She said: “I’m not sure if I was dizzy with exhaustion or happiness, but it was fantastic to reach the top.

“All this in memory of my father – all donations go towards a cure for oesophageal cancer.”

Sophie, 35, from Denham, is hoping to climb the highest volcano on every continent in just four months.

Originally from Hong Kong, Sophie has got just two more volcanoes to climb and has until April 28 to finish, if she wants to do it in four months, which would slash the previous record of a year.

For more information about the Summit Murder Mystery series, CLICK HERE 
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Tuesday, April 1, 2014


Welcome to all the new people stopping by the blog!  It's been a while since I've shared my Summit Murder Mystery series video and so I thought I would do that.  Take a look below!  Get lost in the climb...

Wednesday, February 5, 2014

9 & 11 Year Old Girls Summit Mt. Kilimanjaro

Hi Everyone!  Thank you for reading my blog!  Did you know that I'm the author of not just one, but thirteen books?  For more information, please visit, and/or

9 & 11 Year Old American Girls Summit Mt. Kilimanjaro in Tanzania, Africa With She Climbs

TANZANIA, AFRICA-- Helen Simons "HS" Berenyi, 9 year old Silverton, CO resident
 and Alexis "Lexi" Peats of Perrysburg, OH summited Mt. Kilimanjaro on January 10th, 2014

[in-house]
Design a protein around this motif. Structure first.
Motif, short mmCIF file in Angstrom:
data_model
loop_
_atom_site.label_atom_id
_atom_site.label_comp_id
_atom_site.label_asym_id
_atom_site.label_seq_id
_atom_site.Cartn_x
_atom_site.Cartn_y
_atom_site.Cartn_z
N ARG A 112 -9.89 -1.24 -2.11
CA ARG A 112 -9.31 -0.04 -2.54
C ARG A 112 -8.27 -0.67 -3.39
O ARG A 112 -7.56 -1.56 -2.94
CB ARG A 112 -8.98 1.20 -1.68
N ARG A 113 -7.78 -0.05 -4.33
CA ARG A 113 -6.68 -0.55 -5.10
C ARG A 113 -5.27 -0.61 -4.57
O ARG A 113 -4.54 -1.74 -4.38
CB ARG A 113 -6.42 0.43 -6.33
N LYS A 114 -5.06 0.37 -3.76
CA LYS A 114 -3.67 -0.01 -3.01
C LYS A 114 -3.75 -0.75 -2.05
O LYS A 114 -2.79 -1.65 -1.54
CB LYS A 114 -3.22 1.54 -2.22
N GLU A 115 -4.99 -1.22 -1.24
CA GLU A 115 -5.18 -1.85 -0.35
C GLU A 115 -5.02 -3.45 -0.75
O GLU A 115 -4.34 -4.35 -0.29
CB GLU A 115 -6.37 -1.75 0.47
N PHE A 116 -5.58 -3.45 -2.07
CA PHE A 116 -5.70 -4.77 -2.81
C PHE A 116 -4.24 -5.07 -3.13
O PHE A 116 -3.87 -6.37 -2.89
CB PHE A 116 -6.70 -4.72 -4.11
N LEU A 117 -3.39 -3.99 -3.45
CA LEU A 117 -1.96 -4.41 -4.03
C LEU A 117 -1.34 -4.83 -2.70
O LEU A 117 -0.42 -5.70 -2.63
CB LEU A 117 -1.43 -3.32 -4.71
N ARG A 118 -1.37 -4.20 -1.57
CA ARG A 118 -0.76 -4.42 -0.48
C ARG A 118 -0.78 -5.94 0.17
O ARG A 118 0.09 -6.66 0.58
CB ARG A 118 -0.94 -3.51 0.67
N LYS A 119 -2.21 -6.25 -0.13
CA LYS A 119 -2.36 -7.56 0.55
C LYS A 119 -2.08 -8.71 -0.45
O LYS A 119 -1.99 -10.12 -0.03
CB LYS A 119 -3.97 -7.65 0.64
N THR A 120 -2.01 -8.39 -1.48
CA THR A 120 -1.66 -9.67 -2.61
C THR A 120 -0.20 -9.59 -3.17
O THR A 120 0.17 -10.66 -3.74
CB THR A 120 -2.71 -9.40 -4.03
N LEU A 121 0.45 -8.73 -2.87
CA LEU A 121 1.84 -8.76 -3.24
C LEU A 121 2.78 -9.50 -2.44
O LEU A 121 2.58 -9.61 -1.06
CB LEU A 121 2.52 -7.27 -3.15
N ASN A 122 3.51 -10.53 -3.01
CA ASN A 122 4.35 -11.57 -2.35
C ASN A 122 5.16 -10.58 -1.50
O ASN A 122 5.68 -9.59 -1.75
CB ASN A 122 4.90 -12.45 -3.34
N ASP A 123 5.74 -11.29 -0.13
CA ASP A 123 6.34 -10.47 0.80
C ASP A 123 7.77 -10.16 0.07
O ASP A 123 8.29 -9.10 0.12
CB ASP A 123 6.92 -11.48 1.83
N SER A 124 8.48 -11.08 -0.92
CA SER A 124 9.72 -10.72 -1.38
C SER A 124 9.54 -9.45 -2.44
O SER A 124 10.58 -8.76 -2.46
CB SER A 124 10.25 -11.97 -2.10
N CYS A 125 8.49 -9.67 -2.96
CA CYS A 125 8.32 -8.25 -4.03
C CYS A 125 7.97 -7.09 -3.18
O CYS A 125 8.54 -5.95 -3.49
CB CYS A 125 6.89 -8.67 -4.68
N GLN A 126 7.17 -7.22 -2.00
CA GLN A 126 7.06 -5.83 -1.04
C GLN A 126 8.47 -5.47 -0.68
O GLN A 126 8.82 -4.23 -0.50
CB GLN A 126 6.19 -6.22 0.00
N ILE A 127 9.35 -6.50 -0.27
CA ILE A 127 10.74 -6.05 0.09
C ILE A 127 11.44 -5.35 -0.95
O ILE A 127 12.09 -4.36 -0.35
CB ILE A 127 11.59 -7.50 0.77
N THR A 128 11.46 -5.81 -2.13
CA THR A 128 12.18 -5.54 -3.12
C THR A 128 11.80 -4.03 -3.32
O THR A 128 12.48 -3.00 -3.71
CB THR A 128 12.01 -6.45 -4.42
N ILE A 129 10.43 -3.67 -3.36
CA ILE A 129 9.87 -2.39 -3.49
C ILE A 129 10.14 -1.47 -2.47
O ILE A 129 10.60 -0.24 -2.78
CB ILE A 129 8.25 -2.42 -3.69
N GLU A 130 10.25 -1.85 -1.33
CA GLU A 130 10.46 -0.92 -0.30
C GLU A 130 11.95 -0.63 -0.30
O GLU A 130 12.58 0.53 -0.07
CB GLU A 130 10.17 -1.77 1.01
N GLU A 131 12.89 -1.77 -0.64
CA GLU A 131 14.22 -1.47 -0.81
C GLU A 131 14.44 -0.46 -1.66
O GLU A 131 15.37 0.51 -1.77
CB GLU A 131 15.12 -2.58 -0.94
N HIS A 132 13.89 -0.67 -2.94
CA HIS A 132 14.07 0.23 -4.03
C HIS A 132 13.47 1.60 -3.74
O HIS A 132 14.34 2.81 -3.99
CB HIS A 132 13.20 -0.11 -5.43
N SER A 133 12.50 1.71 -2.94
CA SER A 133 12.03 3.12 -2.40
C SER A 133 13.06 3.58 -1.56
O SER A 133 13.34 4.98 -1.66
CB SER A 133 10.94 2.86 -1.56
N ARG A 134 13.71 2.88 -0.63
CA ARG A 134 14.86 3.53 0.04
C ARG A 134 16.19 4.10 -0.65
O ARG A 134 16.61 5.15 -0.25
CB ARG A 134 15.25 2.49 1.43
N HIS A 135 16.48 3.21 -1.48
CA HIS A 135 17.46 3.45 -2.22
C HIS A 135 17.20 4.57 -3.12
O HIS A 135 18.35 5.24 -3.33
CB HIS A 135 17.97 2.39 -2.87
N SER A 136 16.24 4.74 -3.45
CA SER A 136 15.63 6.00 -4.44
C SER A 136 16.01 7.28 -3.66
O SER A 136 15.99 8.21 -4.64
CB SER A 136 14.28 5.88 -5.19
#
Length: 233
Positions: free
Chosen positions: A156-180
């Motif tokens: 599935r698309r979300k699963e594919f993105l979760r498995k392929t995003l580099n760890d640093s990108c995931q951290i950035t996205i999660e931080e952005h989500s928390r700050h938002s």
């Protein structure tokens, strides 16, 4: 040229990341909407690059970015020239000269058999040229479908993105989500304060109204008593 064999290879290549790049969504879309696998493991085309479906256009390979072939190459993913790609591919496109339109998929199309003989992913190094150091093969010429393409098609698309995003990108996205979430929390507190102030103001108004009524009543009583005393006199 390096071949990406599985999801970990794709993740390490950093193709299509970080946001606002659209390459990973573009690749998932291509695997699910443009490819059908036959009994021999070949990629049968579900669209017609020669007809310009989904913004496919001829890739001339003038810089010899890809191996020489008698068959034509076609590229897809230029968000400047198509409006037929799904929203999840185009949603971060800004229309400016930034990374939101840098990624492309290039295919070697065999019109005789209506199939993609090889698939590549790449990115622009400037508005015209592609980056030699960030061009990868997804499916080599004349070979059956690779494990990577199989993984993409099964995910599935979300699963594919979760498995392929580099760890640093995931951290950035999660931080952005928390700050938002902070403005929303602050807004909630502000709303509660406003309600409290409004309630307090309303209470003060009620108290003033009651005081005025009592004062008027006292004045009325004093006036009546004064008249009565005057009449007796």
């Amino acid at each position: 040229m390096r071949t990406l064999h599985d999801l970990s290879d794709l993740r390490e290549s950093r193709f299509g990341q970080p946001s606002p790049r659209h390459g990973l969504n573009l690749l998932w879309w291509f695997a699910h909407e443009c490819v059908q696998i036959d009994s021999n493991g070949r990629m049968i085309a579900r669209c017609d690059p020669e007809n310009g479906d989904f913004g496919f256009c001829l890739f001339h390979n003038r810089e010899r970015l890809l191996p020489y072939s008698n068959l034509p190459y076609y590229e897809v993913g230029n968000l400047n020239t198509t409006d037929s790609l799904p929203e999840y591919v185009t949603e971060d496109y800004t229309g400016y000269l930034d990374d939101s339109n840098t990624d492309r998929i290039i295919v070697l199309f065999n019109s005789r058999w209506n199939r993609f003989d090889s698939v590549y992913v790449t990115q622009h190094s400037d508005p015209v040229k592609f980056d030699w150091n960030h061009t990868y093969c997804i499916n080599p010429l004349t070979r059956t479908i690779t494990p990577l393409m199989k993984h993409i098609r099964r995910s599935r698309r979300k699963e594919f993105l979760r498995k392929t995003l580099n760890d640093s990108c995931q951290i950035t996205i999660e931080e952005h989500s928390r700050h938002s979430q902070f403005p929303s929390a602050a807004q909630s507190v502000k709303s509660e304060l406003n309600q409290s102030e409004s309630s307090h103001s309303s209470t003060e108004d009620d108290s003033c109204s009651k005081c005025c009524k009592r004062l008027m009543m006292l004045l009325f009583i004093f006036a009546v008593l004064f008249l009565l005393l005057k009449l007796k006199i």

at 10:08 am, Tanzanian time. HS and Lexi were 2 of 4 climbers who successfully summited with She Climbs, a non-profit organization whose mission is to build and strengthen the self-esteem of female individuals of all ages, one mountain climb at a time. This is both girls' first time climbing and living on a mountain for 7 days. Lexi Peats said shortly after the summit, "I learned that if I try hard enough, I can do anything!"

While fact checking is still underway, it appears that the girls are the youngest in their respective home states of CO and OH to ever summit Mt. Kilimanjaro, the tallest peak on the African continent, topping out at 5895 meters or 19,340 feet above sea level. Berenyi may be the youngest American female to summit the mountain, one of the famous "Seven Summits" of the world.
Both girls climbed with their mothers, Suzanne Peats and Cokie Berenyi both of Perrysburg and Silverton, respectively.

"These two are amongst the youngest kids in my 371 summits of Kilimanjaro," said Lead Climbing Guide, "Raj" Rajabu Hasan of KCB, a local Tanzanian climbing outfitter. "They were strong from the first day to the last day, with no signs of AMS (Acute Mountain Sickness). The girls made it to the summit in 7 1/2 hours. Some of my climbers have taken 12 hours in the past," said Hasan.